A fresh site was found at 321 High Street, opposite the Town Hall, and the new £30,000 offices opened in 1928, which became known as ‘The Home of Thrift’. The building was described as ‘probably the most elaborately-equipped building in the town’ with a frontage of 65ft, faced in Portland stone with balconies on the first floor.

Inside it had a spacious banking hall, with marble floors and oak doors and, in the same year, the West Bromwich Permanent Benefit Building Society was imported under the Building Societies Act of 1874 and became the West Bromwich Building Society.

During World War Two and the post-war years, the Society continued to grow and consolidate its position and the West Bromwich was at the forefront of the building society movement.

1970s and 1980s

The West Bromwich Building Society Headquarters built in the late 1970s.

The West Bromwich Building Society Headquarters built in the late 1970s.

Modernising for a new era

In 1978 operations were moved from The Home of Thrift to a new multi-million pound administration block, which was seen as taking the society into the year 2000 and beyond. Land had been bought in 1976 on the corner of the High Street and Dartmouth Street and the building took nearly two years to complete.

The six-storey building was air conditioned with open-plan offices and a computer room, together with better facilities for employees such as coffee areas and a canteen. In 1981, 321 High Street was also completely renovated to make the offices more modern.

1990s

Community grants helped support local projects including grassroots sports.

Community grants helped support local projects including grassroots sports.

Weathering the storm of recession

However, in the early 1990s, the country slipped into recession and a property slump. The West Bromwich was harder hit than most and had to fight for its survival, suffering staff cuts and branch closures.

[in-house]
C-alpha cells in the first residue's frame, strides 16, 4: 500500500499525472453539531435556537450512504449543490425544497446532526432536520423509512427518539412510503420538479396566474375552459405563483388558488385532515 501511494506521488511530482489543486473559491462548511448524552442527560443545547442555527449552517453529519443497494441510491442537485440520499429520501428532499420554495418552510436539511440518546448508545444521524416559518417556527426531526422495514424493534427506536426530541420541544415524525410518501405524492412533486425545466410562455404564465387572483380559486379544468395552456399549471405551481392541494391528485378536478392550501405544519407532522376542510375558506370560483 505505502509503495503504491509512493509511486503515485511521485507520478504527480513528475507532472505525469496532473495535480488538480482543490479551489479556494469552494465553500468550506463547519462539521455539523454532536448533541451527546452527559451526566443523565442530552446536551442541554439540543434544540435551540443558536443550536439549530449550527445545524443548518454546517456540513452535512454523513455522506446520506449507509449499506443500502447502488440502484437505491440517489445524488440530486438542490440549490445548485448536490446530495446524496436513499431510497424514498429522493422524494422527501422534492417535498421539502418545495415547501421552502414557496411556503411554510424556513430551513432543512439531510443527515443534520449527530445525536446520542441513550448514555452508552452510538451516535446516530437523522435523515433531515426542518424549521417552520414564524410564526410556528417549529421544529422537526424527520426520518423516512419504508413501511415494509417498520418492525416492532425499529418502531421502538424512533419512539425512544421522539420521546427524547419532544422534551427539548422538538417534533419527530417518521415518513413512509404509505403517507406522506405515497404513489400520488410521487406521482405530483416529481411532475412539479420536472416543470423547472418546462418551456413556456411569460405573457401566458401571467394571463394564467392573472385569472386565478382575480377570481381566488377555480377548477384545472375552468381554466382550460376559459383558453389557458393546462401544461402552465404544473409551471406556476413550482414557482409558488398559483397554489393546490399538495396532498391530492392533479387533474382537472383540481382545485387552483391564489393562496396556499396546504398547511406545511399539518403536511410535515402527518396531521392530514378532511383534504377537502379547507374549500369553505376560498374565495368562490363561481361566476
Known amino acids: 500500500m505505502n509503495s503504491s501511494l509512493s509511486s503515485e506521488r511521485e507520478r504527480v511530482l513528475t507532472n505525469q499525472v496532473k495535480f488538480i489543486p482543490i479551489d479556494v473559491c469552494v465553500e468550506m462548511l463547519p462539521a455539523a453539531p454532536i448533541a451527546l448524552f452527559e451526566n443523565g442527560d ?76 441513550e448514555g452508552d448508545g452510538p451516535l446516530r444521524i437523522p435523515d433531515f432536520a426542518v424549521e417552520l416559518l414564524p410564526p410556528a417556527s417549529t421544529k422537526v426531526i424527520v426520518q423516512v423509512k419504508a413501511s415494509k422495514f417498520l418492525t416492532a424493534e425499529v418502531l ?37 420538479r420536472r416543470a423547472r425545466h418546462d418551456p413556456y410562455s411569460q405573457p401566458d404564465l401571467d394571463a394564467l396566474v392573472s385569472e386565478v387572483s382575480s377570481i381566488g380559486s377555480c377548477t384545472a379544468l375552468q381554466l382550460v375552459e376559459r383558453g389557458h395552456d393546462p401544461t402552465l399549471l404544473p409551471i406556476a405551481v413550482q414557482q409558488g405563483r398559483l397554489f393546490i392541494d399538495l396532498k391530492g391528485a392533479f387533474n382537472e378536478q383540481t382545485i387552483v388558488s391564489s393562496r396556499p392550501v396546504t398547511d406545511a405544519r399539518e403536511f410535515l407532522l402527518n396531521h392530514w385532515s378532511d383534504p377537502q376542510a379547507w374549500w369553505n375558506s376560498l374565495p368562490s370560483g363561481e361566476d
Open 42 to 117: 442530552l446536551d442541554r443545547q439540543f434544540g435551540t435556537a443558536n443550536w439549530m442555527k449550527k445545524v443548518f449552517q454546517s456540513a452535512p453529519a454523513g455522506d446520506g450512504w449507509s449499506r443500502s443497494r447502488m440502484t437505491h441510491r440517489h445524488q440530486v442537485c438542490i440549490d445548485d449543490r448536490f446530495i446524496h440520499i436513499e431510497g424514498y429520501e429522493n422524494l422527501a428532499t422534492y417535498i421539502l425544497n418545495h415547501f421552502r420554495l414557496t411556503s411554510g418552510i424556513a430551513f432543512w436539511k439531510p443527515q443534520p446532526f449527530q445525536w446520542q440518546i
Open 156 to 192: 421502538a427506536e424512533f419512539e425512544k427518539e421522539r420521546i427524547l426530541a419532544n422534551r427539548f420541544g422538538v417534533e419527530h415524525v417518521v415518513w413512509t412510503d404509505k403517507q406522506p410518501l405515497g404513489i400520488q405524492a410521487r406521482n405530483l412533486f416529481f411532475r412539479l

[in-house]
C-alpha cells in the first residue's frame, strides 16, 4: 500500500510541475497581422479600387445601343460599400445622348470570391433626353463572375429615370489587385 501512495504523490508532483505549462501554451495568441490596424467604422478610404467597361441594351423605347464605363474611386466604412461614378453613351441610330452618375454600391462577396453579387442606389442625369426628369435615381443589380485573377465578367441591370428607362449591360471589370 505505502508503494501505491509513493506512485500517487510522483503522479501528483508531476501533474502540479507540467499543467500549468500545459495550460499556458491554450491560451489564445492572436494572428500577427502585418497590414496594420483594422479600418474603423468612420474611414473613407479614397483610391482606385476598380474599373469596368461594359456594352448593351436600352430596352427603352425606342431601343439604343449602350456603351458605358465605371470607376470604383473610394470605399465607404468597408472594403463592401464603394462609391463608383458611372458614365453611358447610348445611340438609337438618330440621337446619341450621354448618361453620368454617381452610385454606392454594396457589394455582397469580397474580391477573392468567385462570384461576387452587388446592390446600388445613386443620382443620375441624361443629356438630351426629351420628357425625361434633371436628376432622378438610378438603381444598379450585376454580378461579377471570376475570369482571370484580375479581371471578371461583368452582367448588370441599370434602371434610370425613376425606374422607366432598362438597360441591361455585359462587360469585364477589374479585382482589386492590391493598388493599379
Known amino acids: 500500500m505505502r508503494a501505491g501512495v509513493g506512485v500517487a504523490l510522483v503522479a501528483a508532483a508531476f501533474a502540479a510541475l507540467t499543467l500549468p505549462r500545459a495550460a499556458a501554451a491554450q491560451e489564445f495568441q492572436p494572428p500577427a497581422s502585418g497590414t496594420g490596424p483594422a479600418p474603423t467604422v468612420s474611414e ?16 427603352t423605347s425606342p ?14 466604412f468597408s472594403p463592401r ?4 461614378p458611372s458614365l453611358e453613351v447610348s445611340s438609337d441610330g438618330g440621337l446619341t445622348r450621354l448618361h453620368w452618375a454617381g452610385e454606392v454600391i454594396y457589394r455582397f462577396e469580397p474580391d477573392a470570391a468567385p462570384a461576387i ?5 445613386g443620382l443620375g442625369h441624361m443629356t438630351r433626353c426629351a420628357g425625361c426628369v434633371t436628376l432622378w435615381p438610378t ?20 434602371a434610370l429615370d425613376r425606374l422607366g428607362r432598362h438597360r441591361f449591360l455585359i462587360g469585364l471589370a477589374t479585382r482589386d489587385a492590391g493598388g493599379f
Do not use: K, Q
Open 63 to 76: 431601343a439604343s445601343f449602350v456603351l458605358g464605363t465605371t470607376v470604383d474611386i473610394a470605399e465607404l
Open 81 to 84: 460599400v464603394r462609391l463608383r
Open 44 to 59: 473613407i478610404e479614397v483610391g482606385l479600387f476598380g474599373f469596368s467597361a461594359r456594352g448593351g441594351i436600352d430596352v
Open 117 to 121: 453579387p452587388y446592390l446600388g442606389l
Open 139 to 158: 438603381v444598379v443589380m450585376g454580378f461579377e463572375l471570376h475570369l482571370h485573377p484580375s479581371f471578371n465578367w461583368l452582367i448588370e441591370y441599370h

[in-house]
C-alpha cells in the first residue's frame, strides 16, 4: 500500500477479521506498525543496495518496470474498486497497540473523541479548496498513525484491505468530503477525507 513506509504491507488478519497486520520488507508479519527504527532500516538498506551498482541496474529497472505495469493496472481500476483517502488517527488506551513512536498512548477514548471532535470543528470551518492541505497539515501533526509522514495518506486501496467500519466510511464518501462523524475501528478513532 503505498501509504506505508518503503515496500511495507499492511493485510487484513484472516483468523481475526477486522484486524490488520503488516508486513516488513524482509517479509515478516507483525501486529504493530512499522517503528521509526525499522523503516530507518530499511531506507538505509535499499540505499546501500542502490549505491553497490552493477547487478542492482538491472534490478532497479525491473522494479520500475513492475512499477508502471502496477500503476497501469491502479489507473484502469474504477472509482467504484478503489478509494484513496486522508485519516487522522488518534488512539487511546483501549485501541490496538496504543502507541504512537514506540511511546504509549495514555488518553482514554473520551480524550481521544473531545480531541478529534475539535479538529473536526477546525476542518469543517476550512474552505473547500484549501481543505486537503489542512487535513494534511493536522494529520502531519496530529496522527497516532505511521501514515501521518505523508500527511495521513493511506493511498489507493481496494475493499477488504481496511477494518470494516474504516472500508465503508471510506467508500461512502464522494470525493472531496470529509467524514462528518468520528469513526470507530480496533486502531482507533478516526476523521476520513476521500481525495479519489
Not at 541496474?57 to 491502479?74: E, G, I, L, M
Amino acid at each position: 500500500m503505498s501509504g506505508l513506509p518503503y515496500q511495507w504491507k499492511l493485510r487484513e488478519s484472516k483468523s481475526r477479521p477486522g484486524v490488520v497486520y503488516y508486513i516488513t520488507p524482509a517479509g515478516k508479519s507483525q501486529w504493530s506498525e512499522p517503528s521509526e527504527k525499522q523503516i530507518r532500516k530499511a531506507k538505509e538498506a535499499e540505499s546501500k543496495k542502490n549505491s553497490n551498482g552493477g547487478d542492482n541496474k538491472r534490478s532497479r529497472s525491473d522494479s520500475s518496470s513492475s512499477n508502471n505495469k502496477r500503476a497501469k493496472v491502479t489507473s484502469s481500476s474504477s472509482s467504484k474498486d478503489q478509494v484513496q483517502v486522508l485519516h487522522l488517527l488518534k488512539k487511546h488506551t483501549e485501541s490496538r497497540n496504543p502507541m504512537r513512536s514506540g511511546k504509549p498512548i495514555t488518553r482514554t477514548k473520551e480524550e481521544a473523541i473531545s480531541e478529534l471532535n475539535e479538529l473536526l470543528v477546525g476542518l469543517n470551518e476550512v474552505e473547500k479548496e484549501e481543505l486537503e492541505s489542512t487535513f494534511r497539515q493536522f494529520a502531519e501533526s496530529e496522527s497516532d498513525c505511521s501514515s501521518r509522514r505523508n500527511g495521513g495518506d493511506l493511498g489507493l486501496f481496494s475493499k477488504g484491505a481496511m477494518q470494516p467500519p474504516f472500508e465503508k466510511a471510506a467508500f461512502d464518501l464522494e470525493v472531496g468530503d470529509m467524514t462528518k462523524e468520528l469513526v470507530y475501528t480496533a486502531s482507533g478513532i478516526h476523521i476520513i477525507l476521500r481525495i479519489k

But with prudent lending and sound management, the Society weathered the storm, symbolized by its decision to adopt the oak tree symbol as its new corporate identity.

 

The Society logo introduced in the 1990s.

2000s

Staff members at the launch of the West Brom's new look Kings Heath branch.

Staff members at the launch of the West Brom's new look Kings Heath branch.

Investing for success

The Society’s brand identity would be refreshed once more in this period, along with a change of trading name to the West Brom. Colleagues and customers agreed that West Bromwich Building Society felt rather dated and most had already been shortening the name themselves for years.

The new brand was introduced to all branches as part of a major modernisation programme spanning 18 months. Several branches were moved to better locations in their respective towns to create more space for counter points and additional private consultation rooms.

In the wake of the credit crunch, which had a significant impact on the whole of the financial services sector, the West Brom adopted a Back to Basics approach and stepped away from more diverse activities such as commercial lending.

Its focus was squarely on the traditional building society practices of providing a safe home for savers’ money and making funds available to those who wish to purchase their own homes.


The current West Brom logo, introduced in 2010.

Today

Providence Place in West Bromwich provides the current home for the Society's head office.

Providence Place in West Bromwich provides the current home for the Society's head office.

Facing the future with confidence

2016 marked another milestone for the Society as it moved into its new purpose-built headquarters at Providence Place. Still faithfully located in West Bromwich, the building is seen as a visual statement of the Society’s connection with its past and its promise of a forward-thinking future.

Around 550 building society staff moved into the modern, eye-catching 70,000 sq ft, five-storey structure. The move signified the start of a new era for the West Brom, one where it can go from strength to strength as the region’s leading building society.




Sections of this content are reproduced from the from the book ‘From Little Acorns Grow: A History of West Bromwich Building Society’ by Professor Carl Chinn.